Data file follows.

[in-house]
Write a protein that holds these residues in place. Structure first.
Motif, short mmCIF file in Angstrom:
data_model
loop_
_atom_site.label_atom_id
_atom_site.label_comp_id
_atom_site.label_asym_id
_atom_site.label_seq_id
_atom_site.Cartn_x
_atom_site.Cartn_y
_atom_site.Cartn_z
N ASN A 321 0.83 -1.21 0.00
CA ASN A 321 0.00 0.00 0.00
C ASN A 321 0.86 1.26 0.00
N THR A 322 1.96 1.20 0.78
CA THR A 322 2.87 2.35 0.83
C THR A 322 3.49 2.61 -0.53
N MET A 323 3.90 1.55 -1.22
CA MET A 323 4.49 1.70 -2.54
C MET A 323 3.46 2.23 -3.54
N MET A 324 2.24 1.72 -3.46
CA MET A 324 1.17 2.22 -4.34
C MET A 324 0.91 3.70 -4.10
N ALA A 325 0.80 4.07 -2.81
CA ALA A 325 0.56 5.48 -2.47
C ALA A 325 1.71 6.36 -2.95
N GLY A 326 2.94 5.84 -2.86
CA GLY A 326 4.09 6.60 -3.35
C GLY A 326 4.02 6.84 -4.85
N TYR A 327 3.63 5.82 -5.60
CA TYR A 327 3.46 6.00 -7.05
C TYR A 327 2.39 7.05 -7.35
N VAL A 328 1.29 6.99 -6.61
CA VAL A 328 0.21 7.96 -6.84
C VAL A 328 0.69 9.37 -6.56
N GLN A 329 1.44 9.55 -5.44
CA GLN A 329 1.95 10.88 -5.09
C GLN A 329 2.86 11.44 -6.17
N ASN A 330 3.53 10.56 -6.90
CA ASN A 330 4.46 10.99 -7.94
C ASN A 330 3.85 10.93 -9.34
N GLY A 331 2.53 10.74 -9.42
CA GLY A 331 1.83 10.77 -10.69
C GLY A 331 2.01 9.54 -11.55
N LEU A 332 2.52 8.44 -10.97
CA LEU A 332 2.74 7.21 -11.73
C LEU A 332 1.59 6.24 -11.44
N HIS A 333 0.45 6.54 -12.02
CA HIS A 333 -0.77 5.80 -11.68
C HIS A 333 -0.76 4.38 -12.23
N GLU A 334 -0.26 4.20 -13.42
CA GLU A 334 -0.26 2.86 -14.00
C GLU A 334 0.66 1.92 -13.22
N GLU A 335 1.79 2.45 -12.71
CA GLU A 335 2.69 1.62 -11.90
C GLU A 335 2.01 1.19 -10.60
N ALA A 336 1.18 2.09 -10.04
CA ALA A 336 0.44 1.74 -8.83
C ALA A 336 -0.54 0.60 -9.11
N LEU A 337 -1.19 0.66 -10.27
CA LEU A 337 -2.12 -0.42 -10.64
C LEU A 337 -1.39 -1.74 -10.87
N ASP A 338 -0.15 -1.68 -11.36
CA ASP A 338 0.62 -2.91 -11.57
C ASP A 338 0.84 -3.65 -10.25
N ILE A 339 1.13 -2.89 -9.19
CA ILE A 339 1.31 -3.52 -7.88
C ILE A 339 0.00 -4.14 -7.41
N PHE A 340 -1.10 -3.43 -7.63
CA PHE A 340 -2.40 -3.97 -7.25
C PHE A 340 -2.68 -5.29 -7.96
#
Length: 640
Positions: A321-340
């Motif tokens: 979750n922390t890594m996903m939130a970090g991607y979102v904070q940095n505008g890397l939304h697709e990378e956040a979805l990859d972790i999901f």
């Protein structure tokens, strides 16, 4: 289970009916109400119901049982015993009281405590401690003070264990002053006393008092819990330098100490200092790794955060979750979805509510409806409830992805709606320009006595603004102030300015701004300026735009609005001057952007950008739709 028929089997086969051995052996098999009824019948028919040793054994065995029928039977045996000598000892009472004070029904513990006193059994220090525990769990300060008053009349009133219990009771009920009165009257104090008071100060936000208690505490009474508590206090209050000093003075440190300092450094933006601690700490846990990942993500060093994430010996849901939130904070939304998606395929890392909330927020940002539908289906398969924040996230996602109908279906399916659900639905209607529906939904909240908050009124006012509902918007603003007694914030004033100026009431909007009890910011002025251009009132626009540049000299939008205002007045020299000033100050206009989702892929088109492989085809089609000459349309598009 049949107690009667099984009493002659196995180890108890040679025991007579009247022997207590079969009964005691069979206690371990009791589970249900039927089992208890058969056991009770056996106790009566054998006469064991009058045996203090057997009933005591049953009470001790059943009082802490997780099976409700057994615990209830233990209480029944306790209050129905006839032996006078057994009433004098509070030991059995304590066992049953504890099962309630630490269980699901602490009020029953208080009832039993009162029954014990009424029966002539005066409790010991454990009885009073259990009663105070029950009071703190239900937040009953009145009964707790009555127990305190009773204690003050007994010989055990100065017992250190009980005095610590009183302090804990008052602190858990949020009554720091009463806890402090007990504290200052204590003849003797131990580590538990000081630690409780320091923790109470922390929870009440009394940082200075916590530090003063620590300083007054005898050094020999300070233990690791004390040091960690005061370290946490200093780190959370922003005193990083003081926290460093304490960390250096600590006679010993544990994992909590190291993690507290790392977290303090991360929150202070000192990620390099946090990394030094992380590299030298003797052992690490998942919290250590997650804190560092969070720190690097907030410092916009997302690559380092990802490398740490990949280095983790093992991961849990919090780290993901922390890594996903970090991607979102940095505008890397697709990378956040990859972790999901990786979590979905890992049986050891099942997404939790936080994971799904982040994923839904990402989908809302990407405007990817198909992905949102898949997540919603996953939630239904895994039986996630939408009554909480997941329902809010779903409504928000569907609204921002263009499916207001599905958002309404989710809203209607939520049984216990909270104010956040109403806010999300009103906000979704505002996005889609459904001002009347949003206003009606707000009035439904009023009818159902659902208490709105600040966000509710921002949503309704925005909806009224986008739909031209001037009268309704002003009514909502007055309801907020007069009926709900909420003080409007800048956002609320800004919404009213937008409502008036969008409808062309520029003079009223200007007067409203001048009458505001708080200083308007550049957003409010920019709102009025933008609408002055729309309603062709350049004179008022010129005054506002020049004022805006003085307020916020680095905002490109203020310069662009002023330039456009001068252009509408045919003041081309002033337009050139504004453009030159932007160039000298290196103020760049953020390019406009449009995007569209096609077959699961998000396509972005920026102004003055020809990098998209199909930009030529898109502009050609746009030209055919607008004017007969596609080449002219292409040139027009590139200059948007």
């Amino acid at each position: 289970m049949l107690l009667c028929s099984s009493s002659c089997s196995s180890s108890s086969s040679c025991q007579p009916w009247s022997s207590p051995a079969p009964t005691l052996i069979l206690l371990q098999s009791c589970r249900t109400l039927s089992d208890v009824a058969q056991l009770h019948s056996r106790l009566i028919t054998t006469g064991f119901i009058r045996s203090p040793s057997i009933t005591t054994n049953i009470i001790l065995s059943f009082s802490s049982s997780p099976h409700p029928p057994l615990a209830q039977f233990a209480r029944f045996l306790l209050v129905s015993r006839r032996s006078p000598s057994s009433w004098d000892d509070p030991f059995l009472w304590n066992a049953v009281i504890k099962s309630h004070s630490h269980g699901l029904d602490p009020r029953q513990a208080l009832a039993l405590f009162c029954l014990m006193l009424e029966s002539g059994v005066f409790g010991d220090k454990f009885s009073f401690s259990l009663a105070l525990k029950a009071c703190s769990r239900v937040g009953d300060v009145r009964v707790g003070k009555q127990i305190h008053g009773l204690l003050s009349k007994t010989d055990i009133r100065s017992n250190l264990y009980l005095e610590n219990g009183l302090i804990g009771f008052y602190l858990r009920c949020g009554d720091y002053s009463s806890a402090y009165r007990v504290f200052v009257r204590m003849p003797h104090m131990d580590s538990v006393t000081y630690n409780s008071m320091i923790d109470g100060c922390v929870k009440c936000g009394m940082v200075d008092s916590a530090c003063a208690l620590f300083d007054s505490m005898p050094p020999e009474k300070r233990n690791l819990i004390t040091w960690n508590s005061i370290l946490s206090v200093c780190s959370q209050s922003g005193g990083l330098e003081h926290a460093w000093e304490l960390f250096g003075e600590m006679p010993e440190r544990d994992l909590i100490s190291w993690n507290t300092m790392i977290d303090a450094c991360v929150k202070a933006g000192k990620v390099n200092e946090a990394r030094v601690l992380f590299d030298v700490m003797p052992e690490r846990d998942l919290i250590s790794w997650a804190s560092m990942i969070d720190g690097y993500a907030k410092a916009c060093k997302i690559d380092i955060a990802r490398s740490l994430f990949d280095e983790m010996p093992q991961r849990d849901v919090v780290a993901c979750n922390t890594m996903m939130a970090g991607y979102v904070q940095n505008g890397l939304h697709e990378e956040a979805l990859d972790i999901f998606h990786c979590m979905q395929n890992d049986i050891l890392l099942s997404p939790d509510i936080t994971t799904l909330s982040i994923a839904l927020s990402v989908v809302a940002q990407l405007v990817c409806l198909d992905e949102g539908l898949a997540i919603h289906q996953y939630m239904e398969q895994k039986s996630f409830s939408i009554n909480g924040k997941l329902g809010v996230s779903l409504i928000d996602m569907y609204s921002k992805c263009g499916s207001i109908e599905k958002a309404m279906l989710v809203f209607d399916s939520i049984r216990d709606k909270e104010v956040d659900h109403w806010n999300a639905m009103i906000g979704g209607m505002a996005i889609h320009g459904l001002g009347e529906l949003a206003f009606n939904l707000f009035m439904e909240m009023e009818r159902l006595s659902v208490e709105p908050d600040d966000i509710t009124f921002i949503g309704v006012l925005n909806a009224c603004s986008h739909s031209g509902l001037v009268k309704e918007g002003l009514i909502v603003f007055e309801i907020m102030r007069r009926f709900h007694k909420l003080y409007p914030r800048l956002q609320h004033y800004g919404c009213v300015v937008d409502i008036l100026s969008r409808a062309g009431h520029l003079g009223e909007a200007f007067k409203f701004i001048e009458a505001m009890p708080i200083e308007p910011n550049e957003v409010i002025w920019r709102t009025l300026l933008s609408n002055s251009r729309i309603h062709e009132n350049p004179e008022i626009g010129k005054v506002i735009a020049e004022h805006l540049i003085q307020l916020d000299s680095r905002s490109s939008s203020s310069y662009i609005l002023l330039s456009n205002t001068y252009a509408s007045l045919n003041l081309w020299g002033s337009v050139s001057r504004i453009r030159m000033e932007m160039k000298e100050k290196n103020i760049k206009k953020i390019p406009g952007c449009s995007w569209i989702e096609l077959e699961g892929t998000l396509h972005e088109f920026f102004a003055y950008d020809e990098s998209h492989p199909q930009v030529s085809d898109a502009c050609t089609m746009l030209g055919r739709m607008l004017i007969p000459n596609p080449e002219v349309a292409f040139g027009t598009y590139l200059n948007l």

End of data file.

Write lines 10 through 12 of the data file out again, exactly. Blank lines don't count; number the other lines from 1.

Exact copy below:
_atom_site.Cartn_x
_atom_site.Cartn_y
_atom_site.Cartn_z